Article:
Tools for Thought: The History and Future of Mind-expanding Technology (1985) Full text
South of San Francisco and north of Silicon Valley, near the place where the pines on the horizon give way to the live oaks and radiotelescopes, an unlikely subculture has been creating a new medium for human thought. When mass-production models of present prototypes reach our homes, offices, and schools, our lives are going to change dramatically. The first of these mind-amplifying machines will be descendants of the devices now known as personal computers, but they will resemble today’s information processing technology no more than a television resembles a fifteenth-century printing press. They aren’t available yet, but they will be here soon. Before today’s first-graders graduate from high school, hundreds of millions of people around the world will join together to create new kinds of human communities, making use of a tool that a small number of thinkers and tinkerers dreamed into being over the past century. Nobody knows whether this will turn out to be the best or the worst thing the human race has done for itself, because the outcome of this empowerment will depend in large part on how we react to it and what we choose to do with it. The human mind is not going to be replaced by a machine, at least not in the foreseeable future, but there is little doubt that the worldwide availability of fantasy amplifiers, intellectual toolkits, and interactive electronic communities will change the way people think, learn, and communicate.
The Virtual Community: Homesteading on the Electronic Frontier (1993) Full Text
When I started writing about online sociality, I didn’t realize that universities would have programs for cyberculture studies decades later. My 1987 article, “Virtual Communities,” put that phrase into the public vocabulary, I’ve been told. I wanted to write a book about what I was already observing in 1987, but my agent and editors told me that nobody but electrical engineers would read a book about using computer networks to socialize. It took me five more years to get a book contract. I’m happy to see the dawn of the day when self-publishing is becoming easy and cost-effective for authors, multiple platforms have emerged for selling books directly to readers, and the stigma of “self-published=loser” became obsolete. I’m tired of waiting five to ten years for traditional publishers to look where I’m pointing instead of biting my finger.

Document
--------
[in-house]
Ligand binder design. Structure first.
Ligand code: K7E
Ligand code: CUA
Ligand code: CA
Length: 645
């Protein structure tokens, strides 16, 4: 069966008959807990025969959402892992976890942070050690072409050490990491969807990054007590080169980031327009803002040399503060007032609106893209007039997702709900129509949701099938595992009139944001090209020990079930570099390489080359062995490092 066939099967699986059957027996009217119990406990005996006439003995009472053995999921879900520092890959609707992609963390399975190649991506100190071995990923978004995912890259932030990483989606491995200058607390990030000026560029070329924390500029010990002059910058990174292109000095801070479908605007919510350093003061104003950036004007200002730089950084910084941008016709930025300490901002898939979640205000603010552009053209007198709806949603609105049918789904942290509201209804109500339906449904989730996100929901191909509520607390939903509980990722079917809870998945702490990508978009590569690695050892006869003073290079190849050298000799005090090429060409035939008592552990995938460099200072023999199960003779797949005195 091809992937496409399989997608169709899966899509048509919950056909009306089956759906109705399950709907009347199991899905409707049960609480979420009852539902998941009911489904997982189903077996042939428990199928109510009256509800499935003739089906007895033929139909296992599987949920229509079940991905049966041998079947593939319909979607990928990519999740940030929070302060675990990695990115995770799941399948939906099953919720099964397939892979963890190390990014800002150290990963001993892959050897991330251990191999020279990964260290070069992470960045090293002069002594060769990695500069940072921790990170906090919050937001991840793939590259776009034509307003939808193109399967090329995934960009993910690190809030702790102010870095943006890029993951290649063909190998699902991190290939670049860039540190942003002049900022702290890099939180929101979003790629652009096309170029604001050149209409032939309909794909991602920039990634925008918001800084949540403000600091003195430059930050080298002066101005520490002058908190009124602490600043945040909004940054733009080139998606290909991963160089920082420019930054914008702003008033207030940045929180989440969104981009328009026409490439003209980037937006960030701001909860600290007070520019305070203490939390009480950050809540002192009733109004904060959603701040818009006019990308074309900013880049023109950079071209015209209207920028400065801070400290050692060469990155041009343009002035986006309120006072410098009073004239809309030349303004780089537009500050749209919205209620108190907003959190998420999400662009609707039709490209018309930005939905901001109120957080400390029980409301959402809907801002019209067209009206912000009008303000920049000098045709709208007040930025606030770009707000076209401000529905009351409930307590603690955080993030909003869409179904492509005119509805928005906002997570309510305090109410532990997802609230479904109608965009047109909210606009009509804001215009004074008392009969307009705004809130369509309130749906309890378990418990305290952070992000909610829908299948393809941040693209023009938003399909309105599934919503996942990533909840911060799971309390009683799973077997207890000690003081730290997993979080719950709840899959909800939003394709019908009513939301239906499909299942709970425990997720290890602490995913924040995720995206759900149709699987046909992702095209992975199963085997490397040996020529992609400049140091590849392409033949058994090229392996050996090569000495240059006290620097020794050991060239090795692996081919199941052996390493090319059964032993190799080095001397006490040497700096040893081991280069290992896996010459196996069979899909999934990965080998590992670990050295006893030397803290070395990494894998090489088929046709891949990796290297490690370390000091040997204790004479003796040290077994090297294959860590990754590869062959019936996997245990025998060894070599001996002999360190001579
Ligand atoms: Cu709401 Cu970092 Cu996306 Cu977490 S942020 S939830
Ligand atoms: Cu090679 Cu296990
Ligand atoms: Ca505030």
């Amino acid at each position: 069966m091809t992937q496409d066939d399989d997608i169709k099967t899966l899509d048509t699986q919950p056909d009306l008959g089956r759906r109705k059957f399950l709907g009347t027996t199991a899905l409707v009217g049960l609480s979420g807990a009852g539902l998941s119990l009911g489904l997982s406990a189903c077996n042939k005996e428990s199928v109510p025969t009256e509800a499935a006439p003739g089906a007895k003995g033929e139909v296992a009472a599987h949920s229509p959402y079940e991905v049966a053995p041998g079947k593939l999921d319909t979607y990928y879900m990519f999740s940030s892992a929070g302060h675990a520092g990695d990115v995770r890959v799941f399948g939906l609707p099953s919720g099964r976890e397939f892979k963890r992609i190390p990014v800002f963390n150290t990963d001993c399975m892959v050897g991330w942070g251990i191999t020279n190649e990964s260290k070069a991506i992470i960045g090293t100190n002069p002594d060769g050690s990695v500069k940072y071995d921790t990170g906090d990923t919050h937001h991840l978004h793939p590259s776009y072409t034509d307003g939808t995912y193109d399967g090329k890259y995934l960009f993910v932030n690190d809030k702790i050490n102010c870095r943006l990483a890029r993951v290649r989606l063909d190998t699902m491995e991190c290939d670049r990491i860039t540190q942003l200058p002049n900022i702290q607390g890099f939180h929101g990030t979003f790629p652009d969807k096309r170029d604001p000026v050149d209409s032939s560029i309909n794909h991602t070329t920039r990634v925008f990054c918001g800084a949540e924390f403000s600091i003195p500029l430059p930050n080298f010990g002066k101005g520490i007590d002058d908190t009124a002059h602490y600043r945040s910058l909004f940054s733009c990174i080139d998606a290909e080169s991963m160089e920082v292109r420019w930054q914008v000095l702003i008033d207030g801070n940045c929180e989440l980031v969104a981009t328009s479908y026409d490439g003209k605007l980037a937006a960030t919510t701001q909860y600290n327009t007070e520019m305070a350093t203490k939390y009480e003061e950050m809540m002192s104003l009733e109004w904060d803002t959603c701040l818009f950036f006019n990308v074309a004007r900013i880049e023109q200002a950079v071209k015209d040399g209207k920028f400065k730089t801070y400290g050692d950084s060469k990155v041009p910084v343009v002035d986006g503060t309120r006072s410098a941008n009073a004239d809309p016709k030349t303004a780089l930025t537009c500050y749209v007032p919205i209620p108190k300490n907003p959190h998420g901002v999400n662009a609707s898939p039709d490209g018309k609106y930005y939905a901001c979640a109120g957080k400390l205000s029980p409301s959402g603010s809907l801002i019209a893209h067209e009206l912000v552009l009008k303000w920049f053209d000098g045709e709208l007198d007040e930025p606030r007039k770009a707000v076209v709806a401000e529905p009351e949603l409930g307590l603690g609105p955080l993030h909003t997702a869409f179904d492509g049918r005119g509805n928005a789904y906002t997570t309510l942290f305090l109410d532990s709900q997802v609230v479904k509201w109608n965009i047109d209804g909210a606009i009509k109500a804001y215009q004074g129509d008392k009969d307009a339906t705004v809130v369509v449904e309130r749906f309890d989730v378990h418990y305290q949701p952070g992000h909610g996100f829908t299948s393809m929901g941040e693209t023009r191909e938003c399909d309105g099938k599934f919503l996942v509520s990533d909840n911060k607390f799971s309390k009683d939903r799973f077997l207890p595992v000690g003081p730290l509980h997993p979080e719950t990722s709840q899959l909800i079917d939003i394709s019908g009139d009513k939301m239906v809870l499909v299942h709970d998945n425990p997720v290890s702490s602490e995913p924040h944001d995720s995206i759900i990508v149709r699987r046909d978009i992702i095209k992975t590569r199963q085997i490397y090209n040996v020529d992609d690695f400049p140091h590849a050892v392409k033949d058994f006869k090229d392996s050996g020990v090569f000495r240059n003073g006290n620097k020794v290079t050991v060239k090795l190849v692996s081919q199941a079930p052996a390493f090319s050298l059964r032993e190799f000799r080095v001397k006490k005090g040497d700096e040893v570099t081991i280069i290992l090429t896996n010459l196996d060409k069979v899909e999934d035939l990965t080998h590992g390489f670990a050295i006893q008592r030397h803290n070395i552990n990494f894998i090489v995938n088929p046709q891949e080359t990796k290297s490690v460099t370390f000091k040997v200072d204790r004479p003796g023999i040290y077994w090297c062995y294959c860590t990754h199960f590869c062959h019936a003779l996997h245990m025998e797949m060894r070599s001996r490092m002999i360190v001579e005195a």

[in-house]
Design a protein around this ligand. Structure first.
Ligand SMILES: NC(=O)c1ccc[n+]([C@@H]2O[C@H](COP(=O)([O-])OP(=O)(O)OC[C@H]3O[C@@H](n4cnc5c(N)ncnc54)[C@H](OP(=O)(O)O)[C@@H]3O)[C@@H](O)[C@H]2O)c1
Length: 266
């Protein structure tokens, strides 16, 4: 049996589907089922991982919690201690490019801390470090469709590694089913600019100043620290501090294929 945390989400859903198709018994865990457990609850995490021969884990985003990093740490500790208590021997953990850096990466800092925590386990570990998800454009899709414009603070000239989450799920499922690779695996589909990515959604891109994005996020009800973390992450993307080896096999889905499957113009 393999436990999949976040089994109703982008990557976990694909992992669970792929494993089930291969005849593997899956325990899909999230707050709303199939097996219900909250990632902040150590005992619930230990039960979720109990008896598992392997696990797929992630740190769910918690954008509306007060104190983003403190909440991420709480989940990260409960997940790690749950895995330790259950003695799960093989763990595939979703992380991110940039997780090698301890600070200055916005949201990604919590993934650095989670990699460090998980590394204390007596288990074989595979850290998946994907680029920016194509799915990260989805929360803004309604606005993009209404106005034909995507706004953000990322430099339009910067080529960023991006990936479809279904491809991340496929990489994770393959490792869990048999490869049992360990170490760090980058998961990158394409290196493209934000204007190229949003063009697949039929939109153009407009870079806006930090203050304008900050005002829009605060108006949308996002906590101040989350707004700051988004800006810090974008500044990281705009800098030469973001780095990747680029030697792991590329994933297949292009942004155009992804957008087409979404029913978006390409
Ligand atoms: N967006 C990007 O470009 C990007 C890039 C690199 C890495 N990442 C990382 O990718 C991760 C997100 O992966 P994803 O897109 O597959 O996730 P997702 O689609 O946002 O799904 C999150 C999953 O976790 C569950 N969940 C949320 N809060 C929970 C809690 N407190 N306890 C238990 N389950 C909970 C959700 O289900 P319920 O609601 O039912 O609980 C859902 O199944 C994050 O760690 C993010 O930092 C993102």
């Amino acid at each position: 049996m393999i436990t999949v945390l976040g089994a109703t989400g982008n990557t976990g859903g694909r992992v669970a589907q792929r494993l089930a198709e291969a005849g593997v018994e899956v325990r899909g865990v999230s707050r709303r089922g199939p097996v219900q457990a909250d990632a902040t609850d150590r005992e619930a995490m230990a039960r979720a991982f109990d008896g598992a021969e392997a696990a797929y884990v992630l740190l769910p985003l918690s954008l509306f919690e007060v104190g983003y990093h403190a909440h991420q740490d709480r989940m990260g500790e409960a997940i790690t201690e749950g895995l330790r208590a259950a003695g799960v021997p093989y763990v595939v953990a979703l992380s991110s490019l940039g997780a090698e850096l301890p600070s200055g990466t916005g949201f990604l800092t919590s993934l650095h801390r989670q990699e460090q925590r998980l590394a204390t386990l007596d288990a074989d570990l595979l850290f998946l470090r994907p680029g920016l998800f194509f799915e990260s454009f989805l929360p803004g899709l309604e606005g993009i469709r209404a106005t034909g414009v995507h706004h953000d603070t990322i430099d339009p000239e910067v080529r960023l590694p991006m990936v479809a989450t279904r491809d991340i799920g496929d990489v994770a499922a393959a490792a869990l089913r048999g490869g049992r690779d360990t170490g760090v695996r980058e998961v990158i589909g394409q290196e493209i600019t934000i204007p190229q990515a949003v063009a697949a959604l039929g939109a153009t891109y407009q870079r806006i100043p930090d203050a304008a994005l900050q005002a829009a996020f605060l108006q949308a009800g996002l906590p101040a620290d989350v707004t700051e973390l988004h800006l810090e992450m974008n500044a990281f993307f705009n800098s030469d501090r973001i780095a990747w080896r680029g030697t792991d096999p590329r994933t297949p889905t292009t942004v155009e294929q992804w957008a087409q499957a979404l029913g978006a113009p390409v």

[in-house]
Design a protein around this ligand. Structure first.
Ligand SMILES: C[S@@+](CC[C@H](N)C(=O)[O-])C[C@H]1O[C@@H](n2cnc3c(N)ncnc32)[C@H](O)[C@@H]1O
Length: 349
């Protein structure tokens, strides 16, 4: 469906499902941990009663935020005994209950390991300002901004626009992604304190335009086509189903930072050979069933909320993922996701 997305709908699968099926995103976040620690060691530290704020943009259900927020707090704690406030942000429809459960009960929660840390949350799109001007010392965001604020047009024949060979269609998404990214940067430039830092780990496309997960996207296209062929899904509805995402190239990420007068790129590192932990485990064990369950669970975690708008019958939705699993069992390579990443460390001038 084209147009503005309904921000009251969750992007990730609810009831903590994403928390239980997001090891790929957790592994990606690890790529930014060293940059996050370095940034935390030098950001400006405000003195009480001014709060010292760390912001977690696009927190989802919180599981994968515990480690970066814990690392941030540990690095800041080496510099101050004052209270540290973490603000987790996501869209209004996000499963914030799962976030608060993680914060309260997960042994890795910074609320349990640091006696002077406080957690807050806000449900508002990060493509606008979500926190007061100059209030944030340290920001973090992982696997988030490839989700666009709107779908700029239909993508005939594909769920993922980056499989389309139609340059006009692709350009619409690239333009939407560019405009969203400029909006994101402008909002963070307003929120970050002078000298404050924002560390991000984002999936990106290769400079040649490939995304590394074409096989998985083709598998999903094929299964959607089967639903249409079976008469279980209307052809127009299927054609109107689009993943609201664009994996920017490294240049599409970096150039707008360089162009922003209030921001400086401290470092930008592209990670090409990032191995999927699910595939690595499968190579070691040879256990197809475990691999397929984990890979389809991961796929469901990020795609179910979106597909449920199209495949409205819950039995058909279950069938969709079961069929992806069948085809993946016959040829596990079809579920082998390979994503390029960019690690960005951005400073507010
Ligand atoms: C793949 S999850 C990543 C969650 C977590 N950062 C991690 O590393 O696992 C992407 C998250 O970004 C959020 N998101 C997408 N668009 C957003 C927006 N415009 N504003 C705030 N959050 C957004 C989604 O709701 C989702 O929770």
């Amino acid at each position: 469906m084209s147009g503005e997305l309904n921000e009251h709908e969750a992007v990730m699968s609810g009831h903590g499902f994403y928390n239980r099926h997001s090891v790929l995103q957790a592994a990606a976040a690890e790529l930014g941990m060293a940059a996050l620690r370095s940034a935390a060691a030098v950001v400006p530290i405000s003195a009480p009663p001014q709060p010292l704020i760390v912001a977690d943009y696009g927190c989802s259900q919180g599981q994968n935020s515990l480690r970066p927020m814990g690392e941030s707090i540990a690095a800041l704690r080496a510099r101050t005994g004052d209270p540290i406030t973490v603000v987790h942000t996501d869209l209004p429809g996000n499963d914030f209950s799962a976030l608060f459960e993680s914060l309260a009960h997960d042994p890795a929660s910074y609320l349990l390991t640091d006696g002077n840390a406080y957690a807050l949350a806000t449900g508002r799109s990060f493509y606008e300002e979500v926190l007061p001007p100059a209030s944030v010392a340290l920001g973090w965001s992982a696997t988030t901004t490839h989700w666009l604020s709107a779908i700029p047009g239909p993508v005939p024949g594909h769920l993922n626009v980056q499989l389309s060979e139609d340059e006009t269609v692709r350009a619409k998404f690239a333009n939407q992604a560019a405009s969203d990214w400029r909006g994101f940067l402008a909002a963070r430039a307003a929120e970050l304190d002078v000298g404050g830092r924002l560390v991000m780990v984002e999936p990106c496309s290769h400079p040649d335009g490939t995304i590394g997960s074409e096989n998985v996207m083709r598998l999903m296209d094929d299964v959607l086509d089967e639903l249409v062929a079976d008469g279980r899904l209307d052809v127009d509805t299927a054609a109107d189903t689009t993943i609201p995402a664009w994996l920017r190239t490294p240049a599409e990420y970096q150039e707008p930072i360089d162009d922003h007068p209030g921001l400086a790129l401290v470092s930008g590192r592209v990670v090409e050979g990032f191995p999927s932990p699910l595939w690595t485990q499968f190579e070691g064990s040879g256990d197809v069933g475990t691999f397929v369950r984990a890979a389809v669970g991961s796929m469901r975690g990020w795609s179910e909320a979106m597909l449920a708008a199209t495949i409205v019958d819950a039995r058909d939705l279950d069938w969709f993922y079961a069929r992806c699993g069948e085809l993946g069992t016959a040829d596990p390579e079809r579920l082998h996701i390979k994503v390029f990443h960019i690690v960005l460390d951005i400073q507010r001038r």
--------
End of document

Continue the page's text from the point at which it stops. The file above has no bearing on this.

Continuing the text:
Smart Mobs: The Next Social Revolution (2002) (about the book — summaries, reviews)
Ten years before smartphones, Tahrir Square ,and Occupy Wall Street, I predicted that the merger of mobile phones, personal computers, and the Internet were lowering barriers to collective action and enabling new economic, social, political behaviors. I also forecast location-based social media, messages in places, and the use of the mobile phone as a remote control for the physical world.
The Millenium Whole Earth Catalog: (1994) E-book edition.
Editing the Millennium Whole Earth Catalog was a memorable experience, attempting to orchestrate a network of editors, all fighting for (expensive) page space. The sustainable agriculture people didn’t understand why the Internet subcommunity got so much space, the community editor wanted to take pages from the ethnobotany section. This was in the early days of desktop publishing — we delivered a hard disk and PageMaker files to HarperSanFrancisco.
The future of digital culture—yours, mine, and ours—depends on how well we learn to use the media that have infiltrated, amplified, distracted, enriched, and complicated our lives. I’ve been asking myself and others how to use social media intelligently, humanely, and above all mindfully. This book is about what I’ve learned.